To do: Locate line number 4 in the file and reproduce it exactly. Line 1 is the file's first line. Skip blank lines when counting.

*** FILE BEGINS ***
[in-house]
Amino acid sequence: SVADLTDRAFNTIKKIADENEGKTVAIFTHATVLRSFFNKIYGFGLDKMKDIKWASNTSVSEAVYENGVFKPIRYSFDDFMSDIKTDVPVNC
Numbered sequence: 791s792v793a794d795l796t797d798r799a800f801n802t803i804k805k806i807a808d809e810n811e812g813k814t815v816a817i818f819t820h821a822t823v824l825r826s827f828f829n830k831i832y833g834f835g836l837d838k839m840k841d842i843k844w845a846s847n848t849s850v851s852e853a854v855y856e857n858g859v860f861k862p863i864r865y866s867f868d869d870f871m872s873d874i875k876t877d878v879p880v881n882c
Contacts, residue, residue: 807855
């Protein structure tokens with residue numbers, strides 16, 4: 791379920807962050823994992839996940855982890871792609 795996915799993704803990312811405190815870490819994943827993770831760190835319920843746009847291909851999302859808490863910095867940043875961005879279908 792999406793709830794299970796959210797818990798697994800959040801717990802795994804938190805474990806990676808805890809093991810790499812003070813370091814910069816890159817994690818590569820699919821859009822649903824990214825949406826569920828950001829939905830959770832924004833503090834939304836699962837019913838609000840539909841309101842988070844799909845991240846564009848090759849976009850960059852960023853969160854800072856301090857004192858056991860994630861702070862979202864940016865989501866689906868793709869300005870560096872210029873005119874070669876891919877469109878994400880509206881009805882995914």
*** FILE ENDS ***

Contacts, residue, residue: 807855